Grand Total: £6,102.31
Gift Aid: £949.86
Total: £5,152.45
153

Gears We Never Use

"Life is like a ten-speed bicycle,
we all have gears we never use"

— Charles M. Schulz

29,803km

In February 2015 Gary Taylor, from Ipswich, set off to cycle around the world for charity. Keep up to date via this website and through the channels below!

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I AM The Liquor

Country: Kazakhstan

I'd heard stories of Kazakh drinking tendencies before I hit the road and people had joked that I would be right at home what with my own own, well-documented, liquor habit. However, I found even an accomplished alcoholic like myself would struggle amongst these guys.

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On my second afternoon in Kazakhstan I approached a truckstop looking for some water and was immediately waved over by a group of six Kazakh truck drivers hiding in the shade of one of their oil tankers, smoking and flicking their throats to indicate it was time for a drink. Seeing I was extremely hot from cycling in 43 degree heat they kindly poured me a glass (Well, an old aerosol lid) of water. I thanked them profusely and gulped it down. Unfortunately it wasn't until the third big gulp that I realised it was vodka, much to their amusement.

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They shared their meal of meat (of unknown origins) and potatoes with me as well as tea and of course, more vodka. The cheap Russian spirit was “forced” down my neck through a competitive game of linking arms and pushing each other's elbows up to ensure more than was necessary was taken. Between seven of us we drank two bottles by 3pm, one of six of the drivers (Who shall now be referred to as “The Wrestler”, for reasons that will become apparent) was incredibly drunk but I was assured he would sleep now and not drive. For a truck driver The Wrestler had a notably poor sense of direction; even as inebriated as he was, I find it inexcusable that he could not successfully identify the direction of either Aktau or Beyneu. Two towns that are separated by one long, featureless road, in the centre of which we were seated, and the latter of which he'd driven a forty tonne truck from, possibly earlier that day. They were impressed by my ability to hold my liquor and I'm sure I did my vodka-loving father proud, luckily they also filled my water bottles for me before I left.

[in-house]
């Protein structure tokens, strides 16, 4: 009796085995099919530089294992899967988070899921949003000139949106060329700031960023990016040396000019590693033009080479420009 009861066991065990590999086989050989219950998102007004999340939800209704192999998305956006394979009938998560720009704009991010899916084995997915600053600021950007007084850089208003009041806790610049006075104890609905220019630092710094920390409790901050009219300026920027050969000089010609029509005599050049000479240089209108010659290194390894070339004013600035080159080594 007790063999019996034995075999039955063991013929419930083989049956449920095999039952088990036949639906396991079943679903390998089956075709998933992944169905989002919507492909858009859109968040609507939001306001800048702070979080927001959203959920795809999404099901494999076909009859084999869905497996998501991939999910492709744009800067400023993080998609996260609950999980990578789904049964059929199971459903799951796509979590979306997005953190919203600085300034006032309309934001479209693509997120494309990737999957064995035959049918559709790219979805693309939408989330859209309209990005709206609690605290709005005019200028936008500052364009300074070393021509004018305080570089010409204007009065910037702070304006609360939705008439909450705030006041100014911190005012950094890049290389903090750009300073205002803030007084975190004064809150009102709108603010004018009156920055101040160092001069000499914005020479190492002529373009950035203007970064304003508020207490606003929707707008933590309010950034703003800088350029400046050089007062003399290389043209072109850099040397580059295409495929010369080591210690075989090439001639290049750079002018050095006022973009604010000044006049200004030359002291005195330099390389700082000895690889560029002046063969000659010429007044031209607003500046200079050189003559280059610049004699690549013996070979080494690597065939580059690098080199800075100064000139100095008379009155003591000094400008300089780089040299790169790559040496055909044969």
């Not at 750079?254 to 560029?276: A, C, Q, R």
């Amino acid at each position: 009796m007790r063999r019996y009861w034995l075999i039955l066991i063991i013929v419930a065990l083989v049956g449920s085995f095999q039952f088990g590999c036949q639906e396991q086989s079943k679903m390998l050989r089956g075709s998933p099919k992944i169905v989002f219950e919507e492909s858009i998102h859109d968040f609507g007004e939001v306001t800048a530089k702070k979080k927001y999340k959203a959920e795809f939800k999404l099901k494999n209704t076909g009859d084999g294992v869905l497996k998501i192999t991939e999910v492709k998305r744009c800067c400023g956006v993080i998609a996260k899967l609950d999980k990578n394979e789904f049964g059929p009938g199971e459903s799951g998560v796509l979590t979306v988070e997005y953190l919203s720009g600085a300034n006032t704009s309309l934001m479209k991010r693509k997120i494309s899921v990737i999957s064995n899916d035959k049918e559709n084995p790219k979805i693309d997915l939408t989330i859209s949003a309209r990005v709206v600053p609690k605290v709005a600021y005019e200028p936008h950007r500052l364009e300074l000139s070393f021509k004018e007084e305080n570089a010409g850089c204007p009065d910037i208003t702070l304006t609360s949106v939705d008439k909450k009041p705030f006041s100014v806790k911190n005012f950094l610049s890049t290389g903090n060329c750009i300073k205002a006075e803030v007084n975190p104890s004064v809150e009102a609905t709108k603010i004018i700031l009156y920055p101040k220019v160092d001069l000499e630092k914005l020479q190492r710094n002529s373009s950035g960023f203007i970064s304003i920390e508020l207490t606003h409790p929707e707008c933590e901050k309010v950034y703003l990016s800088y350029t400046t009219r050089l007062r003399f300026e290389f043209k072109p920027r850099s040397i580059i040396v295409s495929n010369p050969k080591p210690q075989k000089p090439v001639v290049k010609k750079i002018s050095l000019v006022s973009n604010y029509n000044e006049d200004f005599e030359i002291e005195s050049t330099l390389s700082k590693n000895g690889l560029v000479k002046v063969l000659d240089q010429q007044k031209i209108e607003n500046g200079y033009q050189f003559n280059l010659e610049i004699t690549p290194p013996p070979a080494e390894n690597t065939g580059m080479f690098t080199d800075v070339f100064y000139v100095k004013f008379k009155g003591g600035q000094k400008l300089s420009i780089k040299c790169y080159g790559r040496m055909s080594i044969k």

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Unfortunately, before I could get away, things took a sinister turn, the oldest (And drunkest) guy offered me his hand for what I assumed would be a handshake. It turned out he wanted to wrestle. What ensued was him grappling with me trying to take me down whilst I grappled with him trying to hold him up. Sadly the man holding my camera at the time couldn't figure out how to turn it on fast enough or I'm sure he'd have captured the scene in all it's glory. Eventually we both fell to the ground and he kindly offered me what I think to be a draw. If I spoke better Russian I'd have demanded to see the judges scorecards because although he probably displayed more tenacity than me, I'm confident my technical ability was far superior. The Wrestler DID eventually make it (with assistance) back to his cab to sleep it off.

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This was not my last invite to drink vodka with truck drivers resting at the roadside. It was actually one of three times that lead to me having to take a mid-afternoon nap before cycling through the desert. But it was by far the most entertaining.

Tip for travelling in Kazakhstan; If it looks like water, it's probably vodka; smell your drinks first!